By: Kathy Bergstrom
As Ontario struggles with a skilled trades gap, aboriginal Canadians are fighting a daunting challenge as well—Half of the aboriginal population is under the age of 25 and unemployment is nearly twice that of nonaboriginal population.
Harold McBride, Executive Director of the Operating Engineers Training Institute of Ontario, felt that skills gap firsthand as he struggled to recruit future crane operators. The union saw an opportunity to build a skilled Canadian workforce through an aboriginal recruitment program.
The May/June issue of Plans & Trusts highlighted the Operating Engineers Local 793 program, which seeks to increase the number of aboriginal people, who include members of the First Nations, Inuit and Métis communities, in heavy equipment trades.
Local 793’s training arm, Operating Engineers Training Institute of Ontario, has trained about 800 aboriginal clients in heavy equipment and crane operations over the last eight years.
“OETIO targets the aboriginal population as part of our made-in-Canada solution to fill the skills gaps in heavy equipment and other industry trades,” said Carla St. Louis, OETIO marketing director.
The union aims to recruit 50 new aboriginal members annually in the crane and heavy equipment sectors, including apprentices, preapprentices and regular members. The union also hopes to fill 47 spots in the six-week preapprenticeship program, which is offered only in heavy equipment.
To help foster the link between training and employment, Local 793 participates in the Aboriginal Apprenticeship board of Ontario and one of its programs, LINK = Aborignal Supply + Construction Demand, a new effort to connect aboriginal workers to construction jobs.“We do not want you to come and take training for the sake of training,” said Brian Pelletier, OETIO aboriginal coordinator. “We want you to have a potential employer.”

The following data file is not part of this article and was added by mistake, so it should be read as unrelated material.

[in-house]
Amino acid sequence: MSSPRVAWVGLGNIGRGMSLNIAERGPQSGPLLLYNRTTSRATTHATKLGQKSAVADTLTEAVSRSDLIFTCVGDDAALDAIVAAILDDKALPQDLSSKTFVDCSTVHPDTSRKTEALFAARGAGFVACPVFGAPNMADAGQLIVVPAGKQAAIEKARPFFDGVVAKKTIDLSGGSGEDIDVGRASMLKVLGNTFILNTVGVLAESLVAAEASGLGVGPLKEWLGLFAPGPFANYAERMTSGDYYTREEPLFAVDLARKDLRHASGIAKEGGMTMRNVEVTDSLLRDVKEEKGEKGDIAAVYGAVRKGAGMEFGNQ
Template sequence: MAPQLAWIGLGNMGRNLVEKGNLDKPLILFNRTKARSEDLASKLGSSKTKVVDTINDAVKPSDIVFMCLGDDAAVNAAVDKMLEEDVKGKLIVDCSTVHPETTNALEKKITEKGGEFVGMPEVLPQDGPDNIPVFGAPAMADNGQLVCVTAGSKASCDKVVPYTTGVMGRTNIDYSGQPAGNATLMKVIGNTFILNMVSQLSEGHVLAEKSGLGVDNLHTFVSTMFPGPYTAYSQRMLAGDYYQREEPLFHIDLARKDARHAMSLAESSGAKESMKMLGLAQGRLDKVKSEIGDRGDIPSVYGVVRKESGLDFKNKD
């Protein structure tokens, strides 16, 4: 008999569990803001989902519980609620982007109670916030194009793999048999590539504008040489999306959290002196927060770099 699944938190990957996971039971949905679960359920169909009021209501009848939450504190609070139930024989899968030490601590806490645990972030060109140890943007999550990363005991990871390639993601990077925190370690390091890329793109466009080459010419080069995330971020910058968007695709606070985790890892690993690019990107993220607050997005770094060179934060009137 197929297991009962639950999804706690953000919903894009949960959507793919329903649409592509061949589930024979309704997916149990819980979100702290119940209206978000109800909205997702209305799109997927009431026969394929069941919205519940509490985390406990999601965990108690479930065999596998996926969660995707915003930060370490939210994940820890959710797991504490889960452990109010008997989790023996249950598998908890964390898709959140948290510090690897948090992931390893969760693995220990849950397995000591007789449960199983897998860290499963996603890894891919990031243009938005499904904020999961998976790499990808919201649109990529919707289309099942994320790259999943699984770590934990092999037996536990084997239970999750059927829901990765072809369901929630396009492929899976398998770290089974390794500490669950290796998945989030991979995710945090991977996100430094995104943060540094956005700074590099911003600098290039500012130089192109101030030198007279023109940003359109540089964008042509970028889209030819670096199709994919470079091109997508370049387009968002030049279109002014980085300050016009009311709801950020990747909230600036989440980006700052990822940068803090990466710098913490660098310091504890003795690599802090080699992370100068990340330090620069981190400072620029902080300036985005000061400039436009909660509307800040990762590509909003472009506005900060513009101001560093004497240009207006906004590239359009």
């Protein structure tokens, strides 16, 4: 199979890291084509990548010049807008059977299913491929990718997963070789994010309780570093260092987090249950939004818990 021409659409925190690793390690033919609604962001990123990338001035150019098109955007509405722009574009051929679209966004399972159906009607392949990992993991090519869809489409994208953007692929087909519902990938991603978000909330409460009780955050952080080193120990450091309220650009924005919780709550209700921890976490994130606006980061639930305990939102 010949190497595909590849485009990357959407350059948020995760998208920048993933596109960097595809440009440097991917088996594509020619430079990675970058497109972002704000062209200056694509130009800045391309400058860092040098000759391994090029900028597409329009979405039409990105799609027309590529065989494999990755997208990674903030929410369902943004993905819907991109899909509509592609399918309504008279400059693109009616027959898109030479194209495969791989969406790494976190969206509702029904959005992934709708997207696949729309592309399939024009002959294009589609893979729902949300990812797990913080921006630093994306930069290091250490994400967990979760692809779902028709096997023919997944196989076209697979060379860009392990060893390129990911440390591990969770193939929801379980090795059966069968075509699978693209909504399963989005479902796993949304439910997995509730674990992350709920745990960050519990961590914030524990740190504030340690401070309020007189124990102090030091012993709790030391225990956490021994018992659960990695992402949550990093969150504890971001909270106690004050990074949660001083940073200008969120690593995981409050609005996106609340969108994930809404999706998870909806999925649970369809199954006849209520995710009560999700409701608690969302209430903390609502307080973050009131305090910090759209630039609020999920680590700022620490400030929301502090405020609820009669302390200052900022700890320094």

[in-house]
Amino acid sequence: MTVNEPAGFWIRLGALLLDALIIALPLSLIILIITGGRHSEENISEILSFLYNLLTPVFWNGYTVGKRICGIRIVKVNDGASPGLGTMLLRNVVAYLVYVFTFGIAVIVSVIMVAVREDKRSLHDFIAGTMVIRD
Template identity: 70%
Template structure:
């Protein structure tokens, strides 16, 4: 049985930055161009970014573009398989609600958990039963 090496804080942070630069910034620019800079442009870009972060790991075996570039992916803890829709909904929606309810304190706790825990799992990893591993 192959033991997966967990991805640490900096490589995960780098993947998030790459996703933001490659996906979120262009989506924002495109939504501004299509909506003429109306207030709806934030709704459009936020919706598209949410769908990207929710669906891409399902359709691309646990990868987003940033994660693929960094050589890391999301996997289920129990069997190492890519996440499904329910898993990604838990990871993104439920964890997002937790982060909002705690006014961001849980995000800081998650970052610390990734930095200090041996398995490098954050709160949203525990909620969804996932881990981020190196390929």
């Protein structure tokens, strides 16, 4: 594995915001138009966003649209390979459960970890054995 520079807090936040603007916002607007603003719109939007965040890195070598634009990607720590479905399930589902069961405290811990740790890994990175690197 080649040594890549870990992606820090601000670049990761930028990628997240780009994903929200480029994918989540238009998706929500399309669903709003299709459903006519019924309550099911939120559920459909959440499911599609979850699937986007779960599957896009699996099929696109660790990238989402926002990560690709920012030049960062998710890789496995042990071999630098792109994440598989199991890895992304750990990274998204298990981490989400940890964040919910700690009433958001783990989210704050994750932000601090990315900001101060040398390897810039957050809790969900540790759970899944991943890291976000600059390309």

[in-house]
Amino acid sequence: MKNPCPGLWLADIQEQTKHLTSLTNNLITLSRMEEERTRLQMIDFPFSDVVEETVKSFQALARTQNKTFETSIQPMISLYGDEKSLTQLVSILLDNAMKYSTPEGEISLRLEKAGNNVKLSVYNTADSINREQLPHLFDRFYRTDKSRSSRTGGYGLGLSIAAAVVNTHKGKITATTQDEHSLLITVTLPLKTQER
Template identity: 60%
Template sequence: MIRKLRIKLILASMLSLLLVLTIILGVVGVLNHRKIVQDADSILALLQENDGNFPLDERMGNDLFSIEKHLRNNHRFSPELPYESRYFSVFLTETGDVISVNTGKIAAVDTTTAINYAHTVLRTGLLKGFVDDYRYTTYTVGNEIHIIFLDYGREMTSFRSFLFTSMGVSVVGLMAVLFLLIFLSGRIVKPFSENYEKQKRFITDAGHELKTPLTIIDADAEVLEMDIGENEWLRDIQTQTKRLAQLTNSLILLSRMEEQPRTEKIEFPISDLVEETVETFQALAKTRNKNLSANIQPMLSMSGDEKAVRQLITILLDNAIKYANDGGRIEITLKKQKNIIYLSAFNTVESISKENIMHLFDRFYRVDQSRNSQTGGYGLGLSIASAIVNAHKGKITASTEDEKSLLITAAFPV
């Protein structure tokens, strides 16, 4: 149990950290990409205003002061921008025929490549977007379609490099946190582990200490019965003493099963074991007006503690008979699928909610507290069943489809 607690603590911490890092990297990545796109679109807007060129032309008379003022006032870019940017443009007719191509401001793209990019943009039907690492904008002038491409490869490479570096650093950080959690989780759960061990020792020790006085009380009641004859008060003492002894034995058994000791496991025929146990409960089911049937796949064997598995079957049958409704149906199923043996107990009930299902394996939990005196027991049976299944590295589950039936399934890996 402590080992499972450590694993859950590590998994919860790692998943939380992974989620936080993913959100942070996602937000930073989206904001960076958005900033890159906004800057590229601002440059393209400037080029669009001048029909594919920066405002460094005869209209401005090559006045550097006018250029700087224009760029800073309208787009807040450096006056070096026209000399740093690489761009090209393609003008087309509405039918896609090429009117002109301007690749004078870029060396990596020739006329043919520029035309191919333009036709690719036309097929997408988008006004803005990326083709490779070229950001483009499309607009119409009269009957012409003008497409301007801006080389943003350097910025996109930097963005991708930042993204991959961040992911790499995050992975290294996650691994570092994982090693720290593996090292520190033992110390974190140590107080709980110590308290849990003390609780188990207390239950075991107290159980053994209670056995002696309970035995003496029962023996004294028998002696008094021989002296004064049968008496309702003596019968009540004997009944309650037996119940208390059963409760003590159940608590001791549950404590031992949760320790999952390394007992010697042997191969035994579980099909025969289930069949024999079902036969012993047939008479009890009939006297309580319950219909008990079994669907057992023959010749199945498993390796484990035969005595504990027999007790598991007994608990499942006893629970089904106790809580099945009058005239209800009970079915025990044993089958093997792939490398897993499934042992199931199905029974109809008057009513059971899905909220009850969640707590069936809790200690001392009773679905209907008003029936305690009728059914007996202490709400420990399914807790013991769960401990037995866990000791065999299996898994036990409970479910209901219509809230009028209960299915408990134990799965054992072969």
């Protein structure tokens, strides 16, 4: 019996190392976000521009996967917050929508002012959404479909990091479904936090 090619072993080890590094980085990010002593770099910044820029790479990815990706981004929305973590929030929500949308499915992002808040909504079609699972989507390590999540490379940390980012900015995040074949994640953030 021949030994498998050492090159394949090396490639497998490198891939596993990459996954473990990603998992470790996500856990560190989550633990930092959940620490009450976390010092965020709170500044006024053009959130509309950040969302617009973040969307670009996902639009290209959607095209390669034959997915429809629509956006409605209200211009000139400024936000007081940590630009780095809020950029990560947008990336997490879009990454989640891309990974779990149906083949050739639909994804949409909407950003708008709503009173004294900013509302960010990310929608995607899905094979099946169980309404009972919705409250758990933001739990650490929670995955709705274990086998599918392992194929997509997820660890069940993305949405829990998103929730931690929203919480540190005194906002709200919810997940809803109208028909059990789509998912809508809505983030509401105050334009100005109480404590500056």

Local 793’s preapprenticeship program is a prime opportunity for aboriginal people to get started in skilled trades. The program is partially funded by the Ontario Ministry of Training, Colleges and Universities. After the six weeks of initial training, the preapprentice is assigned to an employer for an eight-week work placement and paid $13 per hour. The employer receives a $1,300 subsidy for the wages.
Most employers decide to keep the preapprentice, who then enters into the traditional heavy equipment apprenticeship program, St. Louis said.
The union also has built relationships with aboriginal communities, and OETIO officials see more chance for success in aboriginal recruitment as those relationships grow.
“I think that trust factor is increasing because we give them a commitment and we’re walking the talk,” Pelletier said. “The aboriginal people are seeing that we are in fact doing what we said we’re trying to do.”